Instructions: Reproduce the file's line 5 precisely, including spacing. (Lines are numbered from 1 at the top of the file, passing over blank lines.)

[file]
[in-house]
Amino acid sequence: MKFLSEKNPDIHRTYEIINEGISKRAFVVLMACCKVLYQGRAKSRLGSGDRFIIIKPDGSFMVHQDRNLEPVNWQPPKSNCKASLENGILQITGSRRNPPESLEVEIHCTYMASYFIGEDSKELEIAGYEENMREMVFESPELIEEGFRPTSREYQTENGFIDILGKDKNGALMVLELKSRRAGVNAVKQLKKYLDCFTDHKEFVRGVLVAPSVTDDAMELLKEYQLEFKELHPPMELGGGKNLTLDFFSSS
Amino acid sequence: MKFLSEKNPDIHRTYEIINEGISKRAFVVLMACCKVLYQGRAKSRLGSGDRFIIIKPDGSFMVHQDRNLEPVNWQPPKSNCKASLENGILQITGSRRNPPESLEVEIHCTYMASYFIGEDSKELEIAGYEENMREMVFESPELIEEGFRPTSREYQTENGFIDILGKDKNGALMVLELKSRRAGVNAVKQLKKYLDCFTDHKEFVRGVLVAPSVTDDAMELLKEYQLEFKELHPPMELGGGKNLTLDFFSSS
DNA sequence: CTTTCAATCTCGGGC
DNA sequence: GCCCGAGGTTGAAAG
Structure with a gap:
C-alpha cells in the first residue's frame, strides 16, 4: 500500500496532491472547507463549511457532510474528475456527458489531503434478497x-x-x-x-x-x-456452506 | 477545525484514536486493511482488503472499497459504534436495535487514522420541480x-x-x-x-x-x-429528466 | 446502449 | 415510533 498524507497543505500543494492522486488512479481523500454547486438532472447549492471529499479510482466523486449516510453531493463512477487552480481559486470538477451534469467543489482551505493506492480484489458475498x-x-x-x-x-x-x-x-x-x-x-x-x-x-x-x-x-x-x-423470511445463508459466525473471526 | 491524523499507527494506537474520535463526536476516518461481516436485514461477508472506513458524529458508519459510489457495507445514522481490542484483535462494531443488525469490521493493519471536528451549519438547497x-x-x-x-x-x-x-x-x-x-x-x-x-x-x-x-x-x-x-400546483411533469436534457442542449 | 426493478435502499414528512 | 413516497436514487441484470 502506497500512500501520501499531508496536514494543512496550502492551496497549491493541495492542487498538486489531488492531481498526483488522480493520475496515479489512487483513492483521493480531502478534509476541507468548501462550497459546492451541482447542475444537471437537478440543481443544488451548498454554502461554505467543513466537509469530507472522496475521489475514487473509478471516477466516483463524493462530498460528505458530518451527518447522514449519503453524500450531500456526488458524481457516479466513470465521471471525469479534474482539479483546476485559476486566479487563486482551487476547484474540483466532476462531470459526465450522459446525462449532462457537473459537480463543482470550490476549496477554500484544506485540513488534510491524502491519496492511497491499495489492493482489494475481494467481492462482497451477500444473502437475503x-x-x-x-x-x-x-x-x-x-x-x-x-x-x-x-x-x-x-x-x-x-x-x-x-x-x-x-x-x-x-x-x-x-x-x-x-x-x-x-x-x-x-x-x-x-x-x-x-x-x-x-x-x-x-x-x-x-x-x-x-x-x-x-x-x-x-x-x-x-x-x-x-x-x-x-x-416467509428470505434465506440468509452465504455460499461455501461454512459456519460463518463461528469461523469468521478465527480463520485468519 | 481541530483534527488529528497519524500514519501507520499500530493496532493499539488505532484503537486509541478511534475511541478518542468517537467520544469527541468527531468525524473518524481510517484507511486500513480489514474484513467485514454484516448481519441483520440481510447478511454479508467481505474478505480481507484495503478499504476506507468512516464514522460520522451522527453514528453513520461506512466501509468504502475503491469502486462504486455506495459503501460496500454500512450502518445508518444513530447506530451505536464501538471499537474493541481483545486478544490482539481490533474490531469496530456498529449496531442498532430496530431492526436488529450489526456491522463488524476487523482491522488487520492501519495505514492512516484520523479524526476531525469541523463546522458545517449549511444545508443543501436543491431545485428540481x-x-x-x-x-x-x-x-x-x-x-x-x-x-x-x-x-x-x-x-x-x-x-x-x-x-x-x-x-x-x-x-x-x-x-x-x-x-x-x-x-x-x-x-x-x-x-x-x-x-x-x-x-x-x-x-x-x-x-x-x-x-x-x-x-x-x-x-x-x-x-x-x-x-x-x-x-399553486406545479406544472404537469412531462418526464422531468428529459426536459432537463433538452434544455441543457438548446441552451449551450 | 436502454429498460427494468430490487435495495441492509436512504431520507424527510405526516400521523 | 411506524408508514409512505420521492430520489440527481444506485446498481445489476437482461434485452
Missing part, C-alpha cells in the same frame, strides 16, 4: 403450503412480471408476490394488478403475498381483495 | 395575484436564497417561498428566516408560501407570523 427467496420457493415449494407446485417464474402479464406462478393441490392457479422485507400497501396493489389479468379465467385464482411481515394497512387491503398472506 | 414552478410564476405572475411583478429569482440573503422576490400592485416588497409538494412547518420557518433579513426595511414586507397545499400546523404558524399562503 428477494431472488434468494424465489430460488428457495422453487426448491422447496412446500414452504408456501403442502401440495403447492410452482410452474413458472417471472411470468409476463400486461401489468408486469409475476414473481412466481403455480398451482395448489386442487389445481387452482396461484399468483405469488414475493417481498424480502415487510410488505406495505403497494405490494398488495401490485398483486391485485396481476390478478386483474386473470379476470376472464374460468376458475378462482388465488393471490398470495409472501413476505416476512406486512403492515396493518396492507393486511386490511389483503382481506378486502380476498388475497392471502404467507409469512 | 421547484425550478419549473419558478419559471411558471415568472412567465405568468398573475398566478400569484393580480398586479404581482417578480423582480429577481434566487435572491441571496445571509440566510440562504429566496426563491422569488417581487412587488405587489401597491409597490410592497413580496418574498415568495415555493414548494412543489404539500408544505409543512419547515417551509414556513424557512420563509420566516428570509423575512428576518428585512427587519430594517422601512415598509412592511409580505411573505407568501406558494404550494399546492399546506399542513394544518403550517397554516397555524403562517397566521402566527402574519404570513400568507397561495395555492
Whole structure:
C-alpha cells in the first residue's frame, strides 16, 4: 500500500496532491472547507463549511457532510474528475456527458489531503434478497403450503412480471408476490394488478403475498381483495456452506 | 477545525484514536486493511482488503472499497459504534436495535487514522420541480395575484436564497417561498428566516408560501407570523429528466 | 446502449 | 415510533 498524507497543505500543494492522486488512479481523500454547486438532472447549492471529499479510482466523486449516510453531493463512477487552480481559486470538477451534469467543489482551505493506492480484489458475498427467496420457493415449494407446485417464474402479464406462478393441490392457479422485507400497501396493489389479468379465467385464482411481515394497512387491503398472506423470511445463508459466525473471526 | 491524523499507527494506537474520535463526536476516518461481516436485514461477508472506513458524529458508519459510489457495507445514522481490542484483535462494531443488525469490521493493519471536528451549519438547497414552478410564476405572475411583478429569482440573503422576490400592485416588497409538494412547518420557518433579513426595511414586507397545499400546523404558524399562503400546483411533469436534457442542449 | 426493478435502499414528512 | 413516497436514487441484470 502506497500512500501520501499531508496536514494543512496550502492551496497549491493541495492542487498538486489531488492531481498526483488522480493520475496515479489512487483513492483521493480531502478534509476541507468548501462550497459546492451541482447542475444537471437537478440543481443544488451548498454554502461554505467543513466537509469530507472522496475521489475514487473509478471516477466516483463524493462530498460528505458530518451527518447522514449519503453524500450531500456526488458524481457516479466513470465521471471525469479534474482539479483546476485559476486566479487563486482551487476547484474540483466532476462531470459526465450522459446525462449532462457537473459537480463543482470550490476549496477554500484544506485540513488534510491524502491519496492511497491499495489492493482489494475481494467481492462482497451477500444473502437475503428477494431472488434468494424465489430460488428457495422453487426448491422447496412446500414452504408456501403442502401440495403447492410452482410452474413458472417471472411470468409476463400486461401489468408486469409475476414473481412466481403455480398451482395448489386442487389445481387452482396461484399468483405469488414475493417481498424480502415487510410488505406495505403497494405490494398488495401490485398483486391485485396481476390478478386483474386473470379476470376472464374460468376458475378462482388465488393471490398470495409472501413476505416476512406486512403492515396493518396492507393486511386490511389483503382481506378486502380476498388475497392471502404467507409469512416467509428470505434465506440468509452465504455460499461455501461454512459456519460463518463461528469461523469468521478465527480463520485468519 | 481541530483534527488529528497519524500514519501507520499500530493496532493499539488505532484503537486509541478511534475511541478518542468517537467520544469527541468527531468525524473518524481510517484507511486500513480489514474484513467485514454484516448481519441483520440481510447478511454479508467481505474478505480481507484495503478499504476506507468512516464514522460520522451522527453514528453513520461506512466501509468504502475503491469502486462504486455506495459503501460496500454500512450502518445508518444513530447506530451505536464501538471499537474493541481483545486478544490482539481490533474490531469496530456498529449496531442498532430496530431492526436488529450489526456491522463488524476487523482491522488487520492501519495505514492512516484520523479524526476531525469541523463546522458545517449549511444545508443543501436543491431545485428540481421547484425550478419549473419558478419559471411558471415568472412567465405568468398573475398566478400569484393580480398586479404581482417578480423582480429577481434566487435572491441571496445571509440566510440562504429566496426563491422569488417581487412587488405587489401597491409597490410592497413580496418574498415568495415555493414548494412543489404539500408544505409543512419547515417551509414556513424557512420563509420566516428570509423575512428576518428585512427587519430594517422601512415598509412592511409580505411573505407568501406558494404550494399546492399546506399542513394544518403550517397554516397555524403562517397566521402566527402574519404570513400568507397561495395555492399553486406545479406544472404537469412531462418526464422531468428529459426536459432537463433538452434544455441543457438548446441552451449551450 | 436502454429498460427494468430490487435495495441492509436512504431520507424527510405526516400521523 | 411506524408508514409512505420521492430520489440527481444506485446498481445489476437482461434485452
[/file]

DNA sequence: GCCCGAGGTTGAAAG